Ireland and Scotland were occupied by the New Model Army during the Interregnum. In Ireland, almost all lands belonging to Irish Catholics were confiscated as punishment for the rebellion of 1641; harsh Penal Laws were also passed against this community. Thousands of Parliamentarian soldiers were settled in Ireland on confiscated lands. The Parliaments of Ireland and Scotland were abolished. In theory, they were represented in the English Parliament, but since this body was never given real powers, this was insignificant. When Cromwell died in 1658, the Commonwealth fell apart without major violence, and Charles II was restored as King of England, Scotland, and Ireland.
Under the English Restoration, the political system returned to the constitutional position of before the wars: Scotland and Ireland were returned their Parliaments.
When Charles II died his Catholic brother James inherited the throne as James II of England and VII of Scotland. When he had a son, the Parliament of England decided to depose him in the Glorious Revolution of 1688. He was replaced not by his Roman Catholic son, James Stuart, but by his Protestant daughter and son-in-law, Mary II and William III, who became joint rulers in 1689. James made one serious attempt to recover his crowns, which ended with defeat at the Battle of the Boyne in 1690.
Formation of the UnionEdit
Acts of Union 1707Edit
Deeper political integration was a key policy of Queen Anne (1702–14), who succeeded to the throne in 1702 as the last Stuart monarch of England and Scotland (she was also the only Stuart monarch of Great Britain). The Queen appointed Commissioners for the union on the part of Scotland and England respectively, and in 1706 they began negotiations in earnest, with agreement reached on the terms of a Treaty of Union on 22 July 1706. The circumstances of Scotland's acceptance of the Bill are to some degree disputed. Scottish proponents believed that failure to accede to the Bill would result in the imposition of Union under less favourable terms, and the Lord Justice Clerk, James Johnstone later observed that "As for giving up the legislative power, we had none to give up... for the true state of the matter was whether Scotland should be subject to an English ministry without the privilege of trade or be subject to an English Parliament with trade." Months of fierce debate on both sides of the border were to follow, particularly in Scotland where debate could often dissolve into civil disorder, most notably by the notorious "Edinburgh Mob". The prospect of a union of the kingdoms was deeply unpopular among the Scottish population at large; however, following the financially disastrous Darien Scheme, the near-bankrupt Parliament of Scotland did accept the proposals.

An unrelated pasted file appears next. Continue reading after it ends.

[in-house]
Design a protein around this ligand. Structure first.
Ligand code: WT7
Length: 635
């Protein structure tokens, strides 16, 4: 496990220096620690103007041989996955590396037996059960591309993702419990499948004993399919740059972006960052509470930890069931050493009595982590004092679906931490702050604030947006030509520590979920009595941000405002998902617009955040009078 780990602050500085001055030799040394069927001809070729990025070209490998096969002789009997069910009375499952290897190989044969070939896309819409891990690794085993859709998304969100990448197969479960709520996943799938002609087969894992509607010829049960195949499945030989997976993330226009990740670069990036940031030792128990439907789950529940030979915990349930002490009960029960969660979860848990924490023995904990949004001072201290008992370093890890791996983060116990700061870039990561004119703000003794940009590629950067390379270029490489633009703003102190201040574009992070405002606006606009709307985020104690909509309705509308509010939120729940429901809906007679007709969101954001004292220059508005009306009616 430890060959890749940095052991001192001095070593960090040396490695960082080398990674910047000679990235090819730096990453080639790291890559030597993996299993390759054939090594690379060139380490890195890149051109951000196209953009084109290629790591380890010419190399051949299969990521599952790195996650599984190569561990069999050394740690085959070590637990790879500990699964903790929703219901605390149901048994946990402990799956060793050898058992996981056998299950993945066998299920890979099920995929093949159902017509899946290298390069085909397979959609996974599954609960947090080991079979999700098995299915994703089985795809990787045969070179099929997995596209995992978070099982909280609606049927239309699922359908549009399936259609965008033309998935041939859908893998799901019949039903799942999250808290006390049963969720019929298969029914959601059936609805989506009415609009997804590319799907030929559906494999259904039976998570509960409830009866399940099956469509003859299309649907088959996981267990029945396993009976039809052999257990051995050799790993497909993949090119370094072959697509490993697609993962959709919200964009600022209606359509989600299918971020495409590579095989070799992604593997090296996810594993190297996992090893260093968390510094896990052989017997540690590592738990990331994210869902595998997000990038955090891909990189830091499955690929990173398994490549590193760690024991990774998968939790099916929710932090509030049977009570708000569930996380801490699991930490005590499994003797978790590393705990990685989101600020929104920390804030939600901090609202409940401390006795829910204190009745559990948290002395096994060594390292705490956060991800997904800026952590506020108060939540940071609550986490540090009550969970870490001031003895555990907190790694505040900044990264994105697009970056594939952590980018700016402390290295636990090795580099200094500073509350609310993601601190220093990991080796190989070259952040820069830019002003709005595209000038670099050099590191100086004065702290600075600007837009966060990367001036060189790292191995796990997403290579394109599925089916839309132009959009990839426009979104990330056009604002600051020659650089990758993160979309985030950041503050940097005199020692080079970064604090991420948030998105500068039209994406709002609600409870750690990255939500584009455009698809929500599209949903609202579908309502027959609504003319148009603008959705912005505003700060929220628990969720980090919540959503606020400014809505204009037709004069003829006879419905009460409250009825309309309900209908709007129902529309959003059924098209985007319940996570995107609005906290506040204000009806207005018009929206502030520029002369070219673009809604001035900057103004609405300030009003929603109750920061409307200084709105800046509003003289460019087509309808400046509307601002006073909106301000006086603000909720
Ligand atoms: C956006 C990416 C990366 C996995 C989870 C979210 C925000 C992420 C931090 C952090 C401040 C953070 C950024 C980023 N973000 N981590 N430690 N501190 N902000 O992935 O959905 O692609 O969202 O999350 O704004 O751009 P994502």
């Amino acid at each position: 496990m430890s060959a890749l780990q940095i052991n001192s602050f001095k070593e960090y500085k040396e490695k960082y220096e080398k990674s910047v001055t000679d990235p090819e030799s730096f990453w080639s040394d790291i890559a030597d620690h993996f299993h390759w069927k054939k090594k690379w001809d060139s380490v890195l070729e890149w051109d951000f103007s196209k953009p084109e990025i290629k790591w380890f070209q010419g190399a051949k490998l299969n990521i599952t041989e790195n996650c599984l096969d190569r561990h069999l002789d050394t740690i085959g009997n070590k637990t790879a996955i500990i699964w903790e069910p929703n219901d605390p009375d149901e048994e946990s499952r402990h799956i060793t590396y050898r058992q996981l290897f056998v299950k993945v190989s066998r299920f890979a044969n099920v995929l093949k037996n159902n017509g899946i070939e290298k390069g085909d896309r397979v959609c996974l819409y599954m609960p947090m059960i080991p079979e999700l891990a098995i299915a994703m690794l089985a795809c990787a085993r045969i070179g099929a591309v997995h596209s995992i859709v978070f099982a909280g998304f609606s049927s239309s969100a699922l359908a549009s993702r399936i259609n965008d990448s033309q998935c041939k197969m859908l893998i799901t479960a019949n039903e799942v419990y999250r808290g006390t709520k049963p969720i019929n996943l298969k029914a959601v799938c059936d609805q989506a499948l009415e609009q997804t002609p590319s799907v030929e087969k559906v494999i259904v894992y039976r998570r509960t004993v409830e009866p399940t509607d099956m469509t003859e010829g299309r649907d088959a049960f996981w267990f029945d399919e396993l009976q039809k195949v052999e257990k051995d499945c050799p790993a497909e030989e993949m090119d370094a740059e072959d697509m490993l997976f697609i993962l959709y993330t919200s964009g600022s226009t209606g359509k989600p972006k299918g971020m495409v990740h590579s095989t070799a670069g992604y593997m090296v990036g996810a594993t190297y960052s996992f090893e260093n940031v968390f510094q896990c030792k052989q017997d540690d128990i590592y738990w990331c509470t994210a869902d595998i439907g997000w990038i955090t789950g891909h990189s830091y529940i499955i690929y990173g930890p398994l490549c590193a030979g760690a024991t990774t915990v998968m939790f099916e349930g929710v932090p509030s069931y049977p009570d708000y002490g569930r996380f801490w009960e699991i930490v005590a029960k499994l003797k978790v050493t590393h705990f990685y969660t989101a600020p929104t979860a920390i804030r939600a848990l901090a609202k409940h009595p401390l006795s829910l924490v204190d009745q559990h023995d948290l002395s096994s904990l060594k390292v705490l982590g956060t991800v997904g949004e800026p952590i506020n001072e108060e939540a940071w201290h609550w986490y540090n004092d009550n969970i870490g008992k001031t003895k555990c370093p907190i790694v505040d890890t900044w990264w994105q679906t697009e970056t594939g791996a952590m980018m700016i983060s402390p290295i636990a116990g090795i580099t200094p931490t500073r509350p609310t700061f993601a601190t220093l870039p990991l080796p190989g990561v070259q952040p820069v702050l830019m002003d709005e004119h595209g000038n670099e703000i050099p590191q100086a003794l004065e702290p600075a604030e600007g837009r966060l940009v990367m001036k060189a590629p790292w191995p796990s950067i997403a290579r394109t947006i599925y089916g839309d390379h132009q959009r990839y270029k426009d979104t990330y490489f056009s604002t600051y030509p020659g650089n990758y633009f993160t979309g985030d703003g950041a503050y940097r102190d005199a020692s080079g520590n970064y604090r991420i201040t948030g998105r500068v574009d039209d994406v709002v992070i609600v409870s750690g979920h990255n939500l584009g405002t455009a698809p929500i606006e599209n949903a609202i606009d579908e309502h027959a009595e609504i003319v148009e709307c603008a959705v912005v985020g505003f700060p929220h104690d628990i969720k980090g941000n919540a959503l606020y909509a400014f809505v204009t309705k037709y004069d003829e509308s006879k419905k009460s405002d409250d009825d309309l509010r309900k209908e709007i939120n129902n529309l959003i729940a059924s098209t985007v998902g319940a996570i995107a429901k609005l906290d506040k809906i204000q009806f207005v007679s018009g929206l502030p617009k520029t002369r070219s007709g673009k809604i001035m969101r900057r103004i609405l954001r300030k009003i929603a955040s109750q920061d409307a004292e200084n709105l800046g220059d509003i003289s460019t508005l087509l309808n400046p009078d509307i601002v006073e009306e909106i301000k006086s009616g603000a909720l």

In 1707, the Acts of Union received their Royal assent, thereby abolishing the Kingdom of England and the Kingdom of Scotland and their respective parliaments to create a unified Kingdom of Great Britain with a single Parliament of Great Britain. Anne formally became the first occupant of the unified British throne, and Scotland sent 45 MPs to the new parliament at Westminster. Perhaps the greatest single benefit to Scotland of the Union was that she could enjoy free trade with England and her possessions overseas. For England's part, a possible ally for European states hostile to England had been neutralised while simultaneously securing a Protestant succession to the new British throne.